Micro Manager: Planting Diverse Food Plots
My soybeans are pathetic. Spotty. Limp. Weak. I shouldn’t be surprised. I’ve attempted to grow soybeans for food plots twice...
My soybeans are pathetic.
Spotty. Limp. Weak.
I shouldn’t be surprised. I’ve attempted to grow soybeans for food plots twice before, and the results were the same. I suspect a combination of factors are involved, not the least of which is the fact that I broadcast the beans. I’ve heard from multiple farming friends that soybeans were meant to be drilled.
At any rate, I’m looking forward to putting my fall plots in the ground. Because, for whatever reason, I’ve had pretty good success with this type of planting in the past. The system I use is pretty simple: Give deer something green when the beans are brown. And that green stuff should be high in sugars. For that, oats fit the bill just fine.
Dealing with a 17-acre parcel, I don’t have a ton of acreage to devote to food plots. And as explained in previous posts, my goal of these plots isn’t simply to provide something good to eat. They’re intended to create edge cover and travel corridors as well.
By making plots that are long and narrow, I’m able to utilize more of the ground for plots than I would if I were to simply clear a traditional opening. And, of course, those long, skinny plots are much easier to hide into the landscape and minimize any loss of cover or huntable area.
I worked the plots in the spring. I started by renting a PTO-driven tiller that was pulled by my 1961 Allis-Chalmers D17—a steal of a deal that my buddy Tyler’s grandfather sold to me for $1,500. (I did not include the cost of the tractor into the Bottom Line budget, below, because it’s a long-term equipment purchase.)
After working the ground, I sprayed as soon as the first shoots of green started to appear a week or so later. In preparation for planting, I sprayed the plots again last weekend. In a week or so, after the glyphosate has a chance to work its weed-snuffing magic, it’ll be time to plant.
But what? Well, yes, oats will make up a large part of the mix, but they won’t play this game solo. My goal is to offer something attractive and palatable from September through December. More specifically, I want to have the go-to food source during each phase of the hunting season.
Oats are almost unbeatable in September and October. But they’re easy to over-browse and I simply don’t have the acreage to sustain heavy browsing pressure.
And now, a few words about brassicas: I hate them. I realize I’m probably raising a few hackles here. But I’ve planted all manner of brassicas and I have yet to see them do a damn thing good. Sure, the tops have seen some limited browsing. And, yes, a few deer nibble at the turnips in the winter. But I’ve grown turnips the size of small children. And those things were rotting on the ground come turkey season.
I’m sure some of you have seen killer results from your brassicas. Me? I think they’re a colossal waste of time and money and offer almost no attraction during October and Novemeber, which are the key months I prefer to hunt.
Thus I’m trying to install a blend of forages that mature and attract during different stages of the season. And I’ll do it by splitting each plot in half, right down the middle.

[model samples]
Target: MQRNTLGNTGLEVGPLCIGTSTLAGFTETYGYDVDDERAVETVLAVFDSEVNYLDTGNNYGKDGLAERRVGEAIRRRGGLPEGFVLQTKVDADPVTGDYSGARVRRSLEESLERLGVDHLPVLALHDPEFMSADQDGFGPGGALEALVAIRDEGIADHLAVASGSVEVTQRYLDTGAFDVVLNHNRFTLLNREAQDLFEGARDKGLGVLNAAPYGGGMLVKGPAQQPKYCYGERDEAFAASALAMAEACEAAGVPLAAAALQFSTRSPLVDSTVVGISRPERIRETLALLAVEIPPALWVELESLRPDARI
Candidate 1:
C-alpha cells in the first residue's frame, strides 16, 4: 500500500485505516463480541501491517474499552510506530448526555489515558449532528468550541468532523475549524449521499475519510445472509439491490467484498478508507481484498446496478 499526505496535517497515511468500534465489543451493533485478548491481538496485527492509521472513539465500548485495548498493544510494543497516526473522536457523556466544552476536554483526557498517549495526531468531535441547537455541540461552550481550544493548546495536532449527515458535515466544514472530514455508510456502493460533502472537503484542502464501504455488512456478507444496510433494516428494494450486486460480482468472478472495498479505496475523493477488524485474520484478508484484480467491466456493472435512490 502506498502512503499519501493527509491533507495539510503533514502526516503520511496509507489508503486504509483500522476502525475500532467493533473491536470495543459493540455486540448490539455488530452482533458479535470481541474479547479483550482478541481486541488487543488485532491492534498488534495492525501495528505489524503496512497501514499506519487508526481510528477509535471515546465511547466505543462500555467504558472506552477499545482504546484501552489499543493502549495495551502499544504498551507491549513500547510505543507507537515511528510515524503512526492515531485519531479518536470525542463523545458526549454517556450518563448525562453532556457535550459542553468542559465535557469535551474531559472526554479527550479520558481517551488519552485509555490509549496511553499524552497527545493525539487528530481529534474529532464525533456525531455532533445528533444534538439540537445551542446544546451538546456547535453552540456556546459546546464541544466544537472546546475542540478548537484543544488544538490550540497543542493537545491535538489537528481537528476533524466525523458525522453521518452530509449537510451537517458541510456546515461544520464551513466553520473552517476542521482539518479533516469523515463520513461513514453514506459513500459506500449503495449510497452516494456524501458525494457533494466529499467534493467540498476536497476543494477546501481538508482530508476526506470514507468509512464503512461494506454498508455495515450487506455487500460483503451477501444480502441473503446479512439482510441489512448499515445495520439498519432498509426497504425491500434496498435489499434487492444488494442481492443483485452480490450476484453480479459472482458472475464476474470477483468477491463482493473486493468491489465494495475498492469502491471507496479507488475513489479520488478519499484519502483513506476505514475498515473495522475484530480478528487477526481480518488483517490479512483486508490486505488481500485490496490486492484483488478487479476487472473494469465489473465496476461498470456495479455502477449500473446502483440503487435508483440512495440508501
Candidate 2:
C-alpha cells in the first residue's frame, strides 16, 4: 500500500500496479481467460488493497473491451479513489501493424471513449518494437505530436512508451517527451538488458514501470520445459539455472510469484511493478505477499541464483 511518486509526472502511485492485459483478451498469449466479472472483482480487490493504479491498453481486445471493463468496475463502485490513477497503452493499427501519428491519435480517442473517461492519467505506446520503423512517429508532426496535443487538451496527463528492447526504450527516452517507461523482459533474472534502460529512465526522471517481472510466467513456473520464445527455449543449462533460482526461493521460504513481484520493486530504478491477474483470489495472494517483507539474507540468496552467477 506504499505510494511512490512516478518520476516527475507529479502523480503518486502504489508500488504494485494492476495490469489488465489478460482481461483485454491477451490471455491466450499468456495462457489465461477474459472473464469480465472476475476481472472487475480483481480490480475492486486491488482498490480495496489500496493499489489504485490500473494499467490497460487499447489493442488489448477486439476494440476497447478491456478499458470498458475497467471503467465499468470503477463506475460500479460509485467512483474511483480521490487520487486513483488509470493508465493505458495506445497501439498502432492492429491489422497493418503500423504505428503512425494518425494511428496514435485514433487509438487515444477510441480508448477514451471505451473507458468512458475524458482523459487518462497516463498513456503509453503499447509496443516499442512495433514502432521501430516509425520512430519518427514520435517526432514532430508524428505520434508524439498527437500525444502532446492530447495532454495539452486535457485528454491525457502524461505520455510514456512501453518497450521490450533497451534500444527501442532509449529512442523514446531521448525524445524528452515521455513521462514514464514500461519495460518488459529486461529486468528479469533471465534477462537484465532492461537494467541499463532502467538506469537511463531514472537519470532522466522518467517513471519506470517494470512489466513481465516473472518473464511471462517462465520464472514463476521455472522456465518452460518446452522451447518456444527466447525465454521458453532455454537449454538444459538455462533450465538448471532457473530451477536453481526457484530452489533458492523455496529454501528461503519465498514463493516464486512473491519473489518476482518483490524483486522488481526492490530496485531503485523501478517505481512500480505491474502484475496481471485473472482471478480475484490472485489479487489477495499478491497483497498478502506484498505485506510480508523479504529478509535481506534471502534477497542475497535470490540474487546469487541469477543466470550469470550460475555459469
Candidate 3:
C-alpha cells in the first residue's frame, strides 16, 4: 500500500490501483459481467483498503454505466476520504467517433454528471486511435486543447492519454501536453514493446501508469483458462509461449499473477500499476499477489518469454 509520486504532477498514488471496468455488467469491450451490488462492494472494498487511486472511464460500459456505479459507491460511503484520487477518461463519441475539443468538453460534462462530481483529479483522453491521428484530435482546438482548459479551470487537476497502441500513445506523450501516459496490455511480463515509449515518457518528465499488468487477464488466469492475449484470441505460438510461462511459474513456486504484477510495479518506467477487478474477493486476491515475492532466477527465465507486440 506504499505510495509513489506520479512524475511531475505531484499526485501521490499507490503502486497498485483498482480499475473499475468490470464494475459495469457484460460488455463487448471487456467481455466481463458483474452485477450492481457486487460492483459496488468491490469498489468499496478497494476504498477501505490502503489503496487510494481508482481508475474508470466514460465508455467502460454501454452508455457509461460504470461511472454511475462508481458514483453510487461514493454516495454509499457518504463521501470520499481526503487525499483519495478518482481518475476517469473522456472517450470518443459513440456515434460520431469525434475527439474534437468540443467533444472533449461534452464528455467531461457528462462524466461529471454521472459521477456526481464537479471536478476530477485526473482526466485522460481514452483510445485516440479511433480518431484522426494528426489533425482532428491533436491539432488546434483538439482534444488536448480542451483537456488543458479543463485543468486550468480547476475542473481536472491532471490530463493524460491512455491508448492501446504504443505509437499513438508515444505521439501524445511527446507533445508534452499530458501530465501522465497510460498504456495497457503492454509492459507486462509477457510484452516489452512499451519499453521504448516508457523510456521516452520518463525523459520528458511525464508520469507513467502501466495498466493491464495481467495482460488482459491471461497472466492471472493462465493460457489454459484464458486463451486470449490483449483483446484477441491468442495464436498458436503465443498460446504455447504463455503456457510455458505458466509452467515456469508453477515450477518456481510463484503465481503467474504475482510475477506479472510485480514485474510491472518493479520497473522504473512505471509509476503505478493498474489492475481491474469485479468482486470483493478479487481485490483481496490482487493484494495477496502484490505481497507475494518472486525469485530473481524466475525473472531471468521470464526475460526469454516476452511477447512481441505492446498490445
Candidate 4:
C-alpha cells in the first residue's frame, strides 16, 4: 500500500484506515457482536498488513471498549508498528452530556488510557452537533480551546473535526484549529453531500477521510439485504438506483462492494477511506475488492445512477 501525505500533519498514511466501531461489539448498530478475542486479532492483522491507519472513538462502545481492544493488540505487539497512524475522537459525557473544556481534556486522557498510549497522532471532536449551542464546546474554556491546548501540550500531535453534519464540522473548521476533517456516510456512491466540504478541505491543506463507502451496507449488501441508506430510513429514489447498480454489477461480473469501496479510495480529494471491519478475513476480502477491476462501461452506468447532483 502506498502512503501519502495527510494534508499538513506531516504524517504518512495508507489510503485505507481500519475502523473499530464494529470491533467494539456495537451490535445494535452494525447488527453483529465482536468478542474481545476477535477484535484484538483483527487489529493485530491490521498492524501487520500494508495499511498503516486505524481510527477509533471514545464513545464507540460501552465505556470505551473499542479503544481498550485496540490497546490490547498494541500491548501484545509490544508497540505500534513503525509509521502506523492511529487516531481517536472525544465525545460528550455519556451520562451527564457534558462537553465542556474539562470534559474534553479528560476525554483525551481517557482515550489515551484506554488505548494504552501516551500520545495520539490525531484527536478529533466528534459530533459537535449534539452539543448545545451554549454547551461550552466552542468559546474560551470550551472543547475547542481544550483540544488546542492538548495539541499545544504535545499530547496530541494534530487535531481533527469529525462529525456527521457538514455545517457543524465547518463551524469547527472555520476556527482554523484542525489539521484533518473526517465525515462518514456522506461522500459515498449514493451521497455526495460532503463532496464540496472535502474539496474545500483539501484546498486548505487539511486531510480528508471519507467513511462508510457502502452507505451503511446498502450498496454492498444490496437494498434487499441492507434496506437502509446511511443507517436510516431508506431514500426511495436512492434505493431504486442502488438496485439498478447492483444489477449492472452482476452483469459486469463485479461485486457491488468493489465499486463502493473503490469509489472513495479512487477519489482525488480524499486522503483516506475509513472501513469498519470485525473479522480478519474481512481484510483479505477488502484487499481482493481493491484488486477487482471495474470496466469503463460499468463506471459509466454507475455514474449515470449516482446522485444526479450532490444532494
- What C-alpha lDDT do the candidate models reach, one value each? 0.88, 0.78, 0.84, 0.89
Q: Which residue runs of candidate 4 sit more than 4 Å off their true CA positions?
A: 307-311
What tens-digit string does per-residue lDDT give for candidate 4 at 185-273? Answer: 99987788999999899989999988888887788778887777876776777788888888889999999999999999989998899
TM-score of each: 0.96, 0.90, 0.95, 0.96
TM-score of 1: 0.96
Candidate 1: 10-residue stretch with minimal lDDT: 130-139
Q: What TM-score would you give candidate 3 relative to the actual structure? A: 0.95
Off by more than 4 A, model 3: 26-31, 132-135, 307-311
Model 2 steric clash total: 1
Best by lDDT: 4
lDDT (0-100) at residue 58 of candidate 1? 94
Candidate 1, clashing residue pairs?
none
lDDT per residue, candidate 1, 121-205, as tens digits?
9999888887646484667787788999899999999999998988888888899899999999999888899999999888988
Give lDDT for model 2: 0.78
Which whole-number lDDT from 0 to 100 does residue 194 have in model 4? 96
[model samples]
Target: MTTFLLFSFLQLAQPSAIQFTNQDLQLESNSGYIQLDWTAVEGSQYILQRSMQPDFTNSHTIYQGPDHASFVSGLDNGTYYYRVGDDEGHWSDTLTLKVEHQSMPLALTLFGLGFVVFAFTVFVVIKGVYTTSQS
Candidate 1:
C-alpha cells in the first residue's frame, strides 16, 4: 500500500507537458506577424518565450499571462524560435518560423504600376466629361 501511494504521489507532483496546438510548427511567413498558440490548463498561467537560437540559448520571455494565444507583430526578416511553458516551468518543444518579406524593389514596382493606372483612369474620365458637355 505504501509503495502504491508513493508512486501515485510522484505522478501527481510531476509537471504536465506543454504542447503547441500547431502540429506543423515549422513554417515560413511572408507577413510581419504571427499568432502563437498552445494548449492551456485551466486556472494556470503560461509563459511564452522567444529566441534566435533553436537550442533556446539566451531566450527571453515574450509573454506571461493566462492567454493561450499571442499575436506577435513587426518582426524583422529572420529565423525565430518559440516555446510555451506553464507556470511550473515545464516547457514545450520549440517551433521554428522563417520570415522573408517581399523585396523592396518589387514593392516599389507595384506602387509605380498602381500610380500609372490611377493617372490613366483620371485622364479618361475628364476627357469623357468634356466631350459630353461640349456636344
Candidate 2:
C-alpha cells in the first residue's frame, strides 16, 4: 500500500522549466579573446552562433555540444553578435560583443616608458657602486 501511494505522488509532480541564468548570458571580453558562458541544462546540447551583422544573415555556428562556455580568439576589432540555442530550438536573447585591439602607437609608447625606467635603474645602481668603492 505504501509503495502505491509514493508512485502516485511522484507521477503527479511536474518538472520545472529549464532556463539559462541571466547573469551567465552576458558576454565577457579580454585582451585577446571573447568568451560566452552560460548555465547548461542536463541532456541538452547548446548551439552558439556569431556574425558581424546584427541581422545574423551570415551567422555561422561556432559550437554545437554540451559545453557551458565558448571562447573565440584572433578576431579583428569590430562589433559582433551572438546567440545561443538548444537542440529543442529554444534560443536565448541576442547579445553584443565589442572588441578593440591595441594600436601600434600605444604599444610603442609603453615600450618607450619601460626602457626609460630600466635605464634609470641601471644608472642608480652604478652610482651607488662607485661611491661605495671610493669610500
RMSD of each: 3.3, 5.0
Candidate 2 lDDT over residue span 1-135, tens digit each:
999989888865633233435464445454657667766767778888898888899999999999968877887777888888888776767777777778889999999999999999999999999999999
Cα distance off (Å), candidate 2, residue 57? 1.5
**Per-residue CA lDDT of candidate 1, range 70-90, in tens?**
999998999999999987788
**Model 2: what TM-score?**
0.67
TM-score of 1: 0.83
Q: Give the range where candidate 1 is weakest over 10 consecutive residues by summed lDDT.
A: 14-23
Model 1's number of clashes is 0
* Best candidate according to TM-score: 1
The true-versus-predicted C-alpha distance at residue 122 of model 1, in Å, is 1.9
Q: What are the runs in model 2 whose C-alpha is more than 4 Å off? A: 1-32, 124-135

On one edge, I’ll sow oats and forage soybeans. These will be good in September and October.
On the other half, a blend of winter rye, barley, barley and, yes, a modicum of turnips and brassica. This blend will offer something attractive in November, and should continue to provide forage into December. The original plan was for the spring-planted soybeans to do the December deed. But, as stated, they’re just not delivering.
So I’ll rely on the barley and brassica tops to stay somewhat green, and the turnips will have fully developed by then. The winter rye will offer a lush green food source even when covered in snow.
And what about my withering soybeans? Well, come early October, I’ll top-dress those beans in winter wheat, which should be popping up and providing solid forage during the winter.
All of this can be planted with nothing more than hand tools, which is a good lesson here. You don’t need a tractor, disc, or tiller. In fact, prior to buying the D17, I planted every other food plot I’ve ever worked without any heavy equipment. Most of my best plots were established with nothing more than a hand sprayer filled with glyphosate and a garden rake.
The key is to kill every weed in the plot and make sure they’re stone dead. Don’t till the ground. Instead, use small-seeded forage like brassicas, clovers and the like. Broadcast right on top of the ground and then rake it in. If you can do it before or during a rain, all the better.
All of those dead grasses and weeds will act as a sort of moisture barrier, protecting the seed and holding ground moisture in. It works splendidly.
The goal of The Micro Manager is to see if we really can turn 17 acres of ho-hum ground into great deer hunting land. But we’re also going to try and show that such things can be done on a tight budget. I’ve set a limit of $1,500 for this year’s habitat work expenditures. Each week, we’ll keep a running tally at the end of each entry. Here’s the current tab thus far:
Chainsaw gas and oil: $21
ATV fuel: $12
Drain spade: $16
Screening Cover Seed: $110
Tree shelter materials: 120
Tractor gas: $35
Ag-type soybeans: $52.50
Fall Plot seeds: $152
Tiller rental: $9o
Posts for fence: $44
Flagging tape for fence: $16
Utilization cage materials: $5
BUDGET REMAINING: $514